Contrary to the title, this isn’t actually a story about marriage at all. Rather, it is a collection of stories, about lots of things–marriage is only one of them.
In this collection, one of my very favorite authors, Ann Patchett, shares pieces of her life–friends, family, loves and losses, books. It is a window into her mind.
I told you yesterday that I mostly find biographies boring. However, I love memoirs. I always find it interesting to hear first-person narratives about a person’s life, to hear them share the things that are most important to them, and the little details too. I like to know the things that made them them.
This is especially true of the authors I love. It helps me to understand their books, when I can go into their background, and hear what formed their psyche. Patchett talks a lot about her books and the path she took to write them: her love of opera formed Bel Canto, a trip to Brazil inspired State of Wonder. I got to hear about her friendship with Lucy Grealy, which will be helpful later, since I have not yet read Truth and Beauty.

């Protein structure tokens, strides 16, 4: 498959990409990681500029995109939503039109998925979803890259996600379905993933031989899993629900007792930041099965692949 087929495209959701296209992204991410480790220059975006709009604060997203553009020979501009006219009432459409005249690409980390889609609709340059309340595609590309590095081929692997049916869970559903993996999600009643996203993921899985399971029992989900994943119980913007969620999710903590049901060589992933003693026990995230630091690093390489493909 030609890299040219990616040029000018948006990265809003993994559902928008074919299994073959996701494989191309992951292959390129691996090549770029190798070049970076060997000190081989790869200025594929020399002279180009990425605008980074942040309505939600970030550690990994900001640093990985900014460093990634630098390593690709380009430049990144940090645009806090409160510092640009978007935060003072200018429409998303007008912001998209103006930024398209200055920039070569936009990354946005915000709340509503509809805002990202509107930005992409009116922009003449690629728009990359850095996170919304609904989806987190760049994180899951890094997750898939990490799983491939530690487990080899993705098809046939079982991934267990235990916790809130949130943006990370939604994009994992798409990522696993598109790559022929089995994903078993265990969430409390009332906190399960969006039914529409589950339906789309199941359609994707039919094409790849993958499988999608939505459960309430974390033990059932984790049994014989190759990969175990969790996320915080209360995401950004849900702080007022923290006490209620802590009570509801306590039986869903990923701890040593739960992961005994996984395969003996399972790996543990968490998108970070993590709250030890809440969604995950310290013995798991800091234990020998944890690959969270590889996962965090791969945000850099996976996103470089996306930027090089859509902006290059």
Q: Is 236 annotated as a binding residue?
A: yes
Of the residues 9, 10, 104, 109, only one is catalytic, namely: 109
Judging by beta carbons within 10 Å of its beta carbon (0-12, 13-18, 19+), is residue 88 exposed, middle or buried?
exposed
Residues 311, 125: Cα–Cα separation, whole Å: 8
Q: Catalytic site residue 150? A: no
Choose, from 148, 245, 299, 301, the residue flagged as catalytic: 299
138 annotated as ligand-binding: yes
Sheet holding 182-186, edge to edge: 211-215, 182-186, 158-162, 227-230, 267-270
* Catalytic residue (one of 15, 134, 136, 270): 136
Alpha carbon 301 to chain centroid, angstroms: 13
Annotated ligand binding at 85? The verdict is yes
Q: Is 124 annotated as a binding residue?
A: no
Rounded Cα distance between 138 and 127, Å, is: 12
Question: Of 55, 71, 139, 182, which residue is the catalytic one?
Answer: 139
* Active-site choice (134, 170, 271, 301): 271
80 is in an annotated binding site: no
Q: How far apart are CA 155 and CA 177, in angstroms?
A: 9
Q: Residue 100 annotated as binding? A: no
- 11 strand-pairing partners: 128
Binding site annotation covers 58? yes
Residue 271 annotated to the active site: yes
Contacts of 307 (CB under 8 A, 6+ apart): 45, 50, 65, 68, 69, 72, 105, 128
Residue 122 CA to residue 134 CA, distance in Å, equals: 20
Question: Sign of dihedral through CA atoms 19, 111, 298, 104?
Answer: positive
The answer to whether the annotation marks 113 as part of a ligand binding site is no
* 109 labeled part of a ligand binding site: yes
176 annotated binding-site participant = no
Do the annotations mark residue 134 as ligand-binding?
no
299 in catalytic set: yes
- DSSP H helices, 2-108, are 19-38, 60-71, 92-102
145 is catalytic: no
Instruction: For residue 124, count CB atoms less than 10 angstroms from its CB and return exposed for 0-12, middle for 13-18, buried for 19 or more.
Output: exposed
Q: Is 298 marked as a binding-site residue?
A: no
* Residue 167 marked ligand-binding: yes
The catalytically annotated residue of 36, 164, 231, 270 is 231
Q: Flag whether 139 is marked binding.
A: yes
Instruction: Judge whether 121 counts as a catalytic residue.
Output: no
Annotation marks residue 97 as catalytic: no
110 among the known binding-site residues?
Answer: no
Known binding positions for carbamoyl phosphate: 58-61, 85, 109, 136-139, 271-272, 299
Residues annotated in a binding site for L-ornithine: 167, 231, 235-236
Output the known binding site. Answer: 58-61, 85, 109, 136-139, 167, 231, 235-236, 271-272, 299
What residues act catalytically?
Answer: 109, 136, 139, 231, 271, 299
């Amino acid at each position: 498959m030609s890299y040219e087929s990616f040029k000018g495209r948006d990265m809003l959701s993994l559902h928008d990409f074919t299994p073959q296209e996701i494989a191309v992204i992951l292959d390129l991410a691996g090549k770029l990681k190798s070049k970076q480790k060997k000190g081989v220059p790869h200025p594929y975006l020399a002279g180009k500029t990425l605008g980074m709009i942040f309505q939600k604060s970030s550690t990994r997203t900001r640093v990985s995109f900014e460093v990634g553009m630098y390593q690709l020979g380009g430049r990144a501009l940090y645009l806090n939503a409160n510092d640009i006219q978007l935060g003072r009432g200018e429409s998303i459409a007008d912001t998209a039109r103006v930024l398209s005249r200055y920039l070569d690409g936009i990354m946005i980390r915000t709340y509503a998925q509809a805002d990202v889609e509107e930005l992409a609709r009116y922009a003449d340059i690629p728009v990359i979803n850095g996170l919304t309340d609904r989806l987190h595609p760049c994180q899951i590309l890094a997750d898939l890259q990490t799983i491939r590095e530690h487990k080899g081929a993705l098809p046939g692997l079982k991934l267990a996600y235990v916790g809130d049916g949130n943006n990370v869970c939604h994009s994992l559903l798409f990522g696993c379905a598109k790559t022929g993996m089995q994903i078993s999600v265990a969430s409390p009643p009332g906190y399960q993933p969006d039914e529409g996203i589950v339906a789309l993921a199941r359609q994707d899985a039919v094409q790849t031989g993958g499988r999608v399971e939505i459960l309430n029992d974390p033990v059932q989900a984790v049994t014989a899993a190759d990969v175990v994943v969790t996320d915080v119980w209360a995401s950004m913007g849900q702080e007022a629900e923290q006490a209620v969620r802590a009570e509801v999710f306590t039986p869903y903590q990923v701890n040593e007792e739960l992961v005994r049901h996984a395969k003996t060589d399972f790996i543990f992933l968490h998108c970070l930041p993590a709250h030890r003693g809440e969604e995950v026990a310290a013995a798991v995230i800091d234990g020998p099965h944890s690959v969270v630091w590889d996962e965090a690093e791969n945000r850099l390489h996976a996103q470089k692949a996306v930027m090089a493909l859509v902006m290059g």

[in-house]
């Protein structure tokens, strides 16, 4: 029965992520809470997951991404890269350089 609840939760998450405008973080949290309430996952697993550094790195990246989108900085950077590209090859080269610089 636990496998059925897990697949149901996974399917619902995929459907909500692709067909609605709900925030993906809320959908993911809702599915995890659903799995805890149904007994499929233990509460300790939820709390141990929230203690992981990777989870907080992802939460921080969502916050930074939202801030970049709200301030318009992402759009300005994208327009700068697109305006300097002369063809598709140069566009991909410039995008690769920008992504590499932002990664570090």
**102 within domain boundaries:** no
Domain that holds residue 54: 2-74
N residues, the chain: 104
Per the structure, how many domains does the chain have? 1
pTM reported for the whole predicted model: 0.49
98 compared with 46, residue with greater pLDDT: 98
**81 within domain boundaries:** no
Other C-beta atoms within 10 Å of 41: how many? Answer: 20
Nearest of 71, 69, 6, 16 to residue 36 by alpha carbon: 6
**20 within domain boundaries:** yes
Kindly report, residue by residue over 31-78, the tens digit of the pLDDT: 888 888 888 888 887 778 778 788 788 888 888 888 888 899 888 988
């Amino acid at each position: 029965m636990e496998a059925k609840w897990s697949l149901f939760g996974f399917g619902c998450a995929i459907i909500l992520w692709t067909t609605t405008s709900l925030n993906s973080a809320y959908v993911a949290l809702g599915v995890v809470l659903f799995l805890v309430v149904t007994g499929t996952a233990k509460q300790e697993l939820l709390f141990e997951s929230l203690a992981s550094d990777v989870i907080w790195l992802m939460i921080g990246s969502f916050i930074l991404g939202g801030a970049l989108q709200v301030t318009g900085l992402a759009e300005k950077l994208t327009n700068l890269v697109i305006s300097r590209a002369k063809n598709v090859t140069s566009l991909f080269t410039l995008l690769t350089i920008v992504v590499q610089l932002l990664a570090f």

It’s next to impossible to be unbiased in this review, because I love her work so much. There was no chance I wouldn’t love hearing something in her own voice. If you haven’t read anything by Ann Patchett, you should. My favorite is Bel Canto. I need to reread that soon, I think.
I hope you all have a wonderful Easter weekend. You probably won’t see a post from me tomorrow as we are having company, but I’ll be back to our regular broadcasted program on Monday.
I LOVED this book! I borrowed it from the library, but I know that I’ll be buying my own copy eventually because I’ll want to re-read some of these essays again. The piece about her beloved dog had me crying–we’re talking ugly crying face here–and I adored the essay about her journey towards owning her own bookstore. Who am I kidding. . . I liked them all!
You’re in for a treat when you read “Truth & Beauty”. It’s a skillful account of a very complicated friendship, and it’ll be even more meaningful to you after reading her essay about the fallout in this book.
Oh I KNOW! When that old man was telling her about his dog, I just kept thinking, “Crap. She’s going to die like tomorrow.” And then she did. And it was awful.
Completely agree–I just had to stop reading for awhile after that one. But–to me that’s the sign of a truly great writer.
I’ve never really been able to get into her fiction as much, but I do love her NF works. I need to give Bel Canto a try again. . .